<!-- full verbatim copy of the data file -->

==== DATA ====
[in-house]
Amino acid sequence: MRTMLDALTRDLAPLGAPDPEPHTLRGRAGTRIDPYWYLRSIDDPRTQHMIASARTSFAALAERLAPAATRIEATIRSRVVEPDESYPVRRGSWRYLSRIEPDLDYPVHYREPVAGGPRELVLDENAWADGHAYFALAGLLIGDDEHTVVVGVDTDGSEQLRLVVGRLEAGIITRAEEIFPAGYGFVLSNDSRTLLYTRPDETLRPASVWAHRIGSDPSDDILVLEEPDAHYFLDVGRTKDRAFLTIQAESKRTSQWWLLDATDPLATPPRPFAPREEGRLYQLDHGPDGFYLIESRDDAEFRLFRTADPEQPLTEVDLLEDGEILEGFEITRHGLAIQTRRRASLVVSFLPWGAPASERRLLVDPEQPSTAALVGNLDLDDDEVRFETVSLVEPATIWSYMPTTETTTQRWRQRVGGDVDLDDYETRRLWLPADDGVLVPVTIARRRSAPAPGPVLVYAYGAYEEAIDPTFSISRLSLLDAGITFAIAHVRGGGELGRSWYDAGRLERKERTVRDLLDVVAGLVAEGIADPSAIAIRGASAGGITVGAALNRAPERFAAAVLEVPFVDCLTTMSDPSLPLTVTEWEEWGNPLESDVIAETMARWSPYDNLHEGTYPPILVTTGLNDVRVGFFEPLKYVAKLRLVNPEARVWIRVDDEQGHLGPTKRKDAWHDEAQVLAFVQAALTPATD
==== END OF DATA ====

[in-house]
Amino acid sequence: MRTMLDALTRDLAPLGAPDPEPHTLRGRAGTRIDPYWYLRSIDDPRTQHMIASARTSFAALAERLAPAATRIEATIRSRVVEPDESYPVRRGSWRYLSRIEPDLDYPVHYREPVAGGPRELVLDENAWADGHAYFALAGLLIGDDEHTVVVGVDTDGSEQLRLVVGRLEAGIITRAEEIFPAGYGFVLSNDSRTLLYTRPDETLRPASVWAHRIGSDPSDDILVLEEPDAHYFLDVGRTKDRAFLTIQAESKRTSQWWLLDATDPLATPPRPFAPREEGRLYQLDHGPDGFYLIESRDDAEFRLFRTADPEQPLTEVDLLEDGEILEGFEITRHGLAIQTRRRASLVVSFLPWGAPASERRLLVDPEQPSTAALVGNLDLDDDEVRFETVSLVEPATIWSYMPTTETTTQRWRQRVGGDVDLDDYETRRLWLPADDGVLVPVTIARRRSAPAPGPVLVYAYGAYEEAIDPTFSISRLSLLDAGITFAIAHVRGGGELGRSWYDAGRLERKERTVRDLLDVVAGLVAEGIADPSAIAIRGASAGGITVGAALNRAPERFAAAVLEVPFVDCLTTMSDPSLPLTVTEWEEWGNPLESDVIAETMARWSPYDNLHEGTYPPILVTTGLNDVRVGFFEPLKYVAKLRLVNPEARVWIRVDDEQGHLGPTKRKDAWHDEAQVLAFVQAALTPATD